An important aspect to all life safety systems is to ensure they perform as expected. In order to achieve this, good design practices are required. There are both local and international bodies that have documented and created standards that need to be followed for the Fire Detection Industry. Knowing these standards and how they apply to the products and installation procedures is the most important aspect of Fire Detection Systems. Fitting a non-conforming product or selecting the incorrect product for an application is one of the main reasons why systems do not perform as expected.
At G2 we have employees registered with the SAQCC at various levels and certified up to Designer status. Please review our personnel profiles to view a full list of our qualifications and institute memberships.
We have excellent, unique, customised tools such as our Grafix design desk which provides a quick and accurate method of placing items on floor plans, verifying the design and producing Bill of Quantities (BoQ) in seconds for any of our brands of product.
Contact G2 to see how we can assist you with our quick design to BoQ service.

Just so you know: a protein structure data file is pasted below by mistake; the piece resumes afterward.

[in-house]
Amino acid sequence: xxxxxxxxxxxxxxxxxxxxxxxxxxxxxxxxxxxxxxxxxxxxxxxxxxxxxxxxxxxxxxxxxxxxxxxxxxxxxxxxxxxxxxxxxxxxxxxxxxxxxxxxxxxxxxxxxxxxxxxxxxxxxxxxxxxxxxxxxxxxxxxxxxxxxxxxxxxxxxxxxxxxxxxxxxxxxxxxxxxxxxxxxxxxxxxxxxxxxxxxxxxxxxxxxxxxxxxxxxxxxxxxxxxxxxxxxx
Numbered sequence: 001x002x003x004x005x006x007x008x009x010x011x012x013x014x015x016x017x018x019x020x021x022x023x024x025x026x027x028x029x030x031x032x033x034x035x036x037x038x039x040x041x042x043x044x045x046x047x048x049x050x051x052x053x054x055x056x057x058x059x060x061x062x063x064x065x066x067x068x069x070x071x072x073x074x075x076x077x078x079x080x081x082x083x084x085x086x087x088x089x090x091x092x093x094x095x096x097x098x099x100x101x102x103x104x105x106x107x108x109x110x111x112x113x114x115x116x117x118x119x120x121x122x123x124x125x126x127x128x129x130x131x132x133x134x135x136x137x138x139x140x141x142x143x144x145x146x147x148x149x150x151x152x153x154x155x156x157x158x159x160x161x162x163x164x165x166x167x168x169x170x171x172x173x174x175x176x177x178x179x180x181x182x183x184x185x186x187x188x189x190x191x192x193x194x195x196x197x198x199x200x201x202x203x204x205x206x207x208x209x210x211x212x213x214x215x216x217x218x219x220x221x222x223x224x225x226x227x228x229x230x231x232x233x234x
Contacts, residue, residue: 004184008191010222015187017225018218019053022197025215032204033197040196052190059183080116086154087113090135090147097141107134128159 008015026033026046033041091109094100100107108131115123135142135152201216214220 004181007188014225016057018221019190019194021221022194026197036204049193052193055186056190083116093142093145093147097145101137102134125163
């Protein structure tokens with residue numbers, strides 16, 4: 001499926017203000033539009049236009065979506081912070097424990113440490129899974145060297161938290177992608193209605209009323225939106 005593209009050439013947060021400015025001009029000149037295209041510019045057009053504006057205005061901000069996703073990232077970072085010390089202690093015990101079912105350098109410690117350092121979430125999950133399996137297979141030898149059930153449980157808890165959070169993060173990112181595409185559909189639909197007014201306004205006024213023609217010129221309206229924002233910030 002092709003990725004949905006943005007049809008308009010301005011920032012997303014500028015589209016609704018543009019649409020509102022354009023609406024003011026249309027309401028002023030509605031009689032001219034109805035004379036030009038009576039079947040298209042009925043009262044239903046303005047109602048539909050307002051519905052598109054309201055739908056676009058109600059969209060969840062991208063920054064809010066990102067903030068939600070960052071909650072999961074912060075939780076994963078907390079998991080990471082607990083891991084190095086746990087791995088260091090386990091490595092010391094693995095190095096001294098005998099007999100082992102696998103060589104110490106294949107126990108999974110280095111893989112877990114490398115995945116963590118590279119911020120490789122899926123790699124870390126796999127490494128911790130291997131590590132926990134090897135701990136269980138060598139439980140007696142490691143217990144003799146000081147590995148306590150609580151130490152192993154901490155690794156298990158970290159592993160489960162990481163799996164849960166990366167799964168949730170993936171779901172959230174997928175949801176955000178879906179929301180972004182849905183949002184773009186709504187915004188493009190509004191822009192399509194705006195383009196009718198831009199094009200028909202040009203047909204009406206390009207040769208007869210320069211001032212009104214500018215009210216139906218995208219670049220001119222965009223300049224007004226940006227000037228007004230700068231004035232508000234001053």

G2 are delighted to announce our new series of Learning Lunch Webinars. Why not spend you lunch hour learning something new or just topping up on your knowledge.
G2 have created a series of webinars on a variety of hot topics. In this first episode on Friday...Read More »
Sick of battling with CAD drawings to plot your design, only to find yourself still having to print and mark giant pieces of paper to get some quantities to then start pricing your bill of quantities? We certainly were!
Until we decided there must be an easier way – welcome to...Read More »
There seems to be a misguided theory in the industry that the maximum number of devices in a zone is 20 according to SANS10139. THIS IS INCORRECT! There is no part of SANS10139 that states this. In fact the maximum number of devices per zone is 32 and is part...Read More »
Various national standards are used in the gas suppression industry. Each standard has a section on the use of audible and visual alarms. However, there is no conclusive sequence of operation, they all request alarms to be audible and visual but are not clear as to which alarms should be...Read More »